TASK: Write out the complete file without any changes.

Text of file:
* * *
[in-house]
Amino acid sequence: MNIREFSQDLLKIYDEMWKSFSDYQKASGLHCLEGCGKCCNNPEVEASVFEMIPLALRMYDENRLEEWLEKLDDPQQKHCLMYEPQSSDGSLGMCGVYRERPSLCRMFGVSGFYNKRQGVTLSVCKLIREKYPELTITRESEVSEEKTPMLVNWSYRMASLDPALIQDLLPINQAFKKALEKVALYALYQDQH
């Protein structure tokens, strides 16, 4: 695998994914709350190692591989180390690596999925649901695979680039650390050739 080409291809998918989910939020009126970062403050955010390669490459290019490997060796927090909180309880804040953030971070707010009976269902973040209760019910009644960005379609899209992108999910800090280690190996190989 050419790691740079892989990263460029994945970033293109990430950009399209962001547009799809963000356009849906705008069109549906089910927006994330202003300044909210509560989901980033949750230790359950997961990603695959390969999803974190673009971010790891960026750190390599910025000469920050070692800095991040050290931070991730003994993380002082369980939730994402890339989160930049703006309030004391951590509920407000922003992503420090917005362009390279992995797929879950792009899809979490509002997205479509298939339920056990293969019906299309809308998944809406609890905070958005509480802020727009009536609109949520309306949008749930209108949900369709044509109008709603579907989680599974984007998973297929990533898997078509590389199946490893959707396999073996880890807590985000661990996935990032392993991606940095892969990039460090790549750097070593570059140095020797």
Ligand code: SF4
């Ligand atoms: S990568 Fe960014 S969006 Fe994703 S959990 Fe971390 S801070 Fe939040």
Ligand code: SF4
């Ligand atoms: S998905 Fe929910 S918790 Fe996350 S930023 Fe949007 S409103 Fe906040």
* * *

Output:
[in-house]
Amino acid sequence: MNIREFSQDLLKIYDEMWKSFSDYQKASGLHCLEGCGKCCNNPEVEASVFEMIPLALRMYDENRLEEWLEKLDDPQQKHCLMYEPQSSDGSLGMCGVYRERPSLCRMFGVSGFYNKRQGVTLSVCKLIREKYPELTITRESEVSEEKTPMLVNWSYRMASLDPALIQDLLPINQAFKKALEKVALYALYQDQH
């Protein structure tokens, strides 16, 4: 695998994914709350190692591989180390690596999925649901695979680039650390050739 080409291809998918989910939020009126970062403050955010390669490459290019490997060796927090909180309880804040953030971070707010009976269902973040209760019910009644960005379609899209992108999910800090280690190996190989 050419790691740079892989990263460029994945970033293109990430950009399209962001547009799809963000356009849906705008069109549906089910927006994330202003300044909210509560989901980033949750230790359950997961990603695959390969999803974190673009971010790891960026750190390599910025000469920050070692800095991040050290931070991730003994993380002082369980939730994402890339989160930049703006309030004391951590509920407000922003992503420090917005362009390279992995797929879950792009899809979490509002997205479509298939339920056990293969019906299309809308998944809406609890905070958005509480802020727009009536609109949520309306949008749930209108949900369709044509109008709603579907989680599974984007998973297929990533898997078509590389199946490893959707396999073996880890807590985000661990996935990032392993991606940095892969990039460090790549750097070593570059140095020797």
Ligand code: SF4
């Ligand atoms: S990568 Fe960014 S969006 Fe994703 S959990 Fe971390 S801070 Fe939040």
Ligand code: SF4
């Ligand atoms: S998905 Fe929910 S918790 Fe996350 S930023 Fe949007 S409103 Fe906040």